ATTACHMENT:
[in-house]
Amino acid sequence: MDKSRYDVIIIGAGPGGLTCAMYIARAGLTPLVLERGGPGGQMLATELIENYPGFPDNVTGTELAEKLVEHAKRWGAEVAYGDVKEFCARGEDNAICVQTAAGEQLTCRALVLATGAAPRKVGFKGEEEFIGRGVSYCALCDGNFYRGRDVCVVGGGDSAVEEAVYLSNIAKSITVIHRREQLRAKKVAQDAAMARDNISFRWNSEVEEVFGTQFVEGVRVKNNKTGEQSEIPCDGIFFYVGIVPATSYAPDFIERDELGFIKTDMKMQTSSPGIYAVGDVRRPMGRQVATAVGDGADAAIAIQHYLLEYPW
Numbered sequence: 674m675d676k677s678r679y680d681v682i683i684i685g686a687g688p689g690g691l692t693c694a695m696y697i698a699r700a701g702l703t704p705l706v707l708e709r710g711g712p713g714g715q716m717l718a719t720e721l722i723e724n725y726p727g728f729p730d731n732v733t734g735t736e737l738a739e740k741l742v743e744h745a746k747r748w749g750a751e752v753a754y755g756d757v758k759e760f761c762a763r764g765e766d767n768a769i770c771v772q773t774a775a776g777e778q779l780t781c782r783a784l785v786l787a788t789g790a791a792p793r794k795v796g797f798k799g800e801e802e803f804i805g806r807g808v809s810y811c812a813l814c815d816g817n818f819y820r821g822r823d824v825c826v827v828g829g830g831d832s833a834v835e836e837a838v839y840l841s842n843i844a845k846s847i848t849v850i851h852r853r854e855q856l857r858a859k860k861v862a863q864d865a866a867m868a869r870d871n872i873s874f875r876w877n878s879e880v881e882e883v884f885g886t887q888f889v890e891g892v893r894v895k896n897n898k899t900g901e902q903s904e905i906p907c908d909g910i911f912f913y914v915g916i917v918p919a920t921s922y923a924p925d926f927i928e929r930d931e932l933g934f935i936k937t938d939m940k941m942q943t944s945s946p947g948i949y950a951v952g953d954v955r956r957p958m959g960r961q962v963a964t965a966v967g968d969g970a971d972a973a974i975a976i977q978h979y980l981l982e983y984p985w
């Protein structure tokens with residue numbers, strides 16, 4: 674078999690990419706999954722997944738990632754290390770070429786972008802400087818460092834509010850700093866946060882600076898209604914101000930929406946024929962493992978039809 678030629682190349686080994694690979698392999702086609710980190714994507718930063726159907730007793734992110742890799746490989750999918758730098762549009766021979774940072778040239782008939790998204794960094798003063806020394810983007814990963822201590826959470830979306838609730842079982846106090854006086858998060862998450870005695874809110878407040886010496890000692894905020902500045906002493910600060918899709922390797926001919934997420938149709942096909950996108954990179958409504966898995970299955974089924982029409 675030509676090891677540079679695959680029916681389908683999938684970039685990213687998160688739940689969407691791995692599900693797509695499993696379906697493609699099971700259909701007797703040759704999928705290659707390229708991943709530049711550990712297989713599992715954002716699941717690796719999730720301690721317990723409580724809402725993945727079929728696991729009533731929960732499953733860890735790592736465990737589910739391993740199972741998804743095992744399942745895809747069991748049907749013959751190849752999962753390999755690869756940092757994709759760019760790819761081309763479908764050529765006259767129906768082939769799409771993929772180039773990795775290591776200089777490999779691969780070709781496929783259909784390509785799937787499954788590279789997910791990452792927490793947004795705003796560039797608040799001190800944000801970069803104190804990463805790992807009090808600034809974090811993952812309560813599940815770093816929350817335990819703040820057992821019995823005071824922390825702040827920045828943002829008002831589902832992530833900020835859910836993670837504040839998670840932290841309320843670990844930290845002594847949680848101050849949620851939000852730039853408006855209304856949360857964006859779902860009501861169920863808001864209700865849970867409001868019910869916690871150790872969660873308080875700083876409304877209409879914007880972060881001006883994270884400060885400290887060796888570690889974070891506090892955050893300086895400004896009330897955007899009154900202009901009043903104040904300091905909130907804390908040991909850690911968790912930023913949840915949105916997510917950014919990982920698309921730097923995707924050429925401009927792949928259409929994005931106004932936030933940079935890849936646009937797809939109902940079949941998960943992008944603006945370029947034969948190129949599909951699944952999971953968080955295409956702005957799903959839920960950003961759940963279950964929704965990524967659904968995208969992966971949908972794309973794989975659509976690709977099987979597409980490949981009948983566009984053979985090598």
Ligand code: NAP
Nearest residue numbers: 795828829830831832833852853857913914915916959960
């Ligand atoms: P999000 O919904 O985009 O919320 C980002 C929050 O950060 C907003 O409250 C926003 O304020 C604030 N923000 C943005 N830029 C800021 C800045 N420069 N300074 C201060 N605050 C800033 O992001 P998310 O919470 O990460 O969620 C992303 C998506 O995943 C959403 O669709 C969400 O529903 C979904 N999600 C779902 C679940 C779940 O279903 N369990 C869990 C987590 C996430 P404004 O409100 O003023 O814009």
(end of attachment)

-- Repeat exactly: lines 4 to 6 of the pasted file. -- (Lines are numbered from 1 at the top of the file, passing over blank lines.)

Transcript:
């Protein structure tokens with residue numbers, strides 16, 4: 674078999690990419706999954722997944738990632754290390770070429786972008802400087818460092834509010850700093866946060882600076898209604914101000930929406946024929962493992978039809 678030629682190349686080994694690979698392999702086609710980190714994507718930063726159907730007793734992110742890799746490989750999918758730098762549009766021979774940072778040239782008939790998204794960094798003063806020394810983007814990963822201590826959470830979306838609730842079982846106090854006086858998060862998450870005695874809110878407040886010496890000692894905020902500045906002493910600060918899709922390797926001919934997420938149709942096909950996108954990179958409504966898995970299955974089924982029409 675030509676090891677540079679695959680029916681389908683999938684970039685990213687998160688739940689969407691791995692599900693797509695499993696379906697493609699099971700259909701007797703040759704999928705290659707390229708991943709530049711550990712297989713599992715954002716699941717690796719999730720301690721317990723409580724809402725993945727079929728696991729009533731929960732499953733860890735790592736465990737589910739391993740199972741998804743095992744399942745895809747069991748049907749013959751190849752999962753390999755690869756940092757994709759760019760790819761081309763479908764050529765006259767129906768082939769799409771993929772180039773990795775290591776200089777490999779691969780070709781496929783259909784390509785799937787499954788590279789997910791990452792927490793947004795705003796560039797608040799001190800944000801970069803104190804990463805790992807009090808600034809974090811993952812309560813599940815770093816929350817335990819703040820057992821019995823005071824922390825702040827920045828943002829008002831589902832992530833900020835859910836993670837504040839998670840932290841309320843670990844930290845002594847949680848101050849949620851939000852730039853408006855209304856949360857964006859779902860009501861169920863808001864209700865849970867409001868019910869916690871150790872969660873308080875700083876409304877209409879914007880972060881001006883994270884400060885400290887060796888570690889974070891506090892955050893300086895400004896009330897955007899009154900202009901009043903104040904300091905909130907804390908040991909850690911968790912930023913949840915949105916997510917950014919990982920698309921730097923995707924050429925401009927792949928259409929994005931106004932936030933940079935890849936646009937797809939109902940079949941998960943992008944603006945370029947034969948190129949599909951699944952999971953968080955295409956702005957799903959839920960950003961759940963279950964929704965990524967659904968995208969992966971949908972794309973794989975659509976690709977099987979597409980490949981009948983566009984053979985090598």
Ligand code: NAP
Nearest residue numbers: 795828829830831832833852853857913914915916959960